My last post on the opportunities presented by “The Great Stagnation” got a bit of attention, and I’m heartened by that because I’d like to develop my conception of “opting out” a bit more in later posts. Today I’d just like to respond to my friend and Colleague Tate Watkins who reacted to my post noting that “most people don’t want any more leisure. People don’t work 20 hours a week because they would have to make up the difference ‘playing with [their] families and reading books.’”
Tate says that spending that much time doing nothing, and doing it with their families, is likely a net minus for most people. I think he’s absolutely right, so I guess I need to define what I mean by “leisure” when I say that “the cost of leisure is going down” allowing us to consume more of it.
I’m not sure economists have a very clear definition of “leisure.” Generally it’s thought of as any activity that’s not work.(Please correct me.) I think that’s a good start, but the way I conceive leisure it could include work, just not work that one has to do to earn income.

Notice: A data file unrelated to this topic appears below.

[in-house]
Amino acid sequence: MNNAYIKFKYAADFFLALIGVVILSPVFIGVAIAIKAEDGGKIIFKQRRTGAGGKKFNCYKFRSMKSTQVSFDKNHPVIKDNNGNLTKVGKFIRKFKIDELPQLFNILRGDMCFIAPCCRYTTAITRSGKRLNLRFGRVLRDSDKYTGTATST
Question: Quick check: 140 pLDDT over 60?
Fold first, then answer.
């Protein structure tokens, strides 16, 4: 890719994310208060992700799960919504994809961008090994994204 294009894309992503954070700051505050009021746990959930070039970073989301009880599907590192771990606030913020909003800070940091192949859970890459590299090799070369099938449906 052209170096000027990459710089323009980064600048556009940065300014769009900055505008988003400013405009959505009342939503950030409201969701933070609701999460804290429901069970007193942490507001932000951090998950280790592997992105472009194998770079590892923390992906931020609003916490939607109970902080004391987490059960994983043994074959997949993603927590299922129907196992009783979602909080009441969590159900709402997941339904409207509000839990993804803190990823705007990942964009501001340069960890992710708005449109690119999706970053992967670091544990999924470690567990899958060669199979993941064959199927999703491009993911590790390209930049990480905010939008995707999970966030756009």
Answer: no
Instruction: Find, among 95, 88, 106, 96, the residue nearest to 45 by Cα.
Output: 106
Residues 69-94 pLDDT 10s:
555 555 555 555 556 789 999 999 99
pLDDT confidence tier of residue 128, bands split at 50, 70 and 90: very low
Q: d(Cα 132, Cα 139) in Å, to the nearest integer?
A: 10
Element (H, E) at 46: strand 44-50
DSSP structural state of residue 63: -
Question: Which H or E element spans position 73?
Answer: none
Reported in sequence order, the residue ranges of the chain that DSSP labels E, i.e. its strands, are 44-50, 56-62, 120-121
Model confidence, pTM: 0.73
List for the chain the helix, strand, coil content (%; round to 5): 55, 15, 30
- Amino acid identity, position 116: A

Take for example Cato’s Bob Levy, who is one of the persons I most admire in this world. Bob got his PhD in business in 1966 and started an investment technologies firm that he built up and sold in 1991. At this point, Bob was financially independent and could lead a life of leisure. What did he do? He came to George Mason Law and pursued a law degree. In his 50s he interned at IJ and clerked for federal judges, just like other bright people out of law school. After that he served full-time as a legal scholar at Cato and, as far as I know, always contributed to the Institute more than he took in salary. Do you call Bob’s activity work or leisure?
Now, Bob was able to pursue his leisure activities because he worked hard to accumulate wealth. But what if we approached it from the other direction? If the activities you want to pursue are inexpensive because the cost of leisure is coming down, then perhaps you can “opt out,” pursue leisure, and cover your living expenses with minimum work. Consider the woman I wrote about yesterday. She was supporting herself and her husband on $24,000 a year she makes through bloggin and web design. She fills her time with outdoor activities and volunteering.
A couple of things to keep in mind: To do this one would have to probably accept a standard of living that is at or below the median. But of course this ignores Tyler’s point that increases to happiness are more and more becoming internal to the human mind and aren’t captured in the usual living standard measures. Also, it seems to me that the option to “opt out” will be available first to knowledge workers because they have greater flexibility about their work and because they are more likely to be the ones to enjoy the gains from internal economies.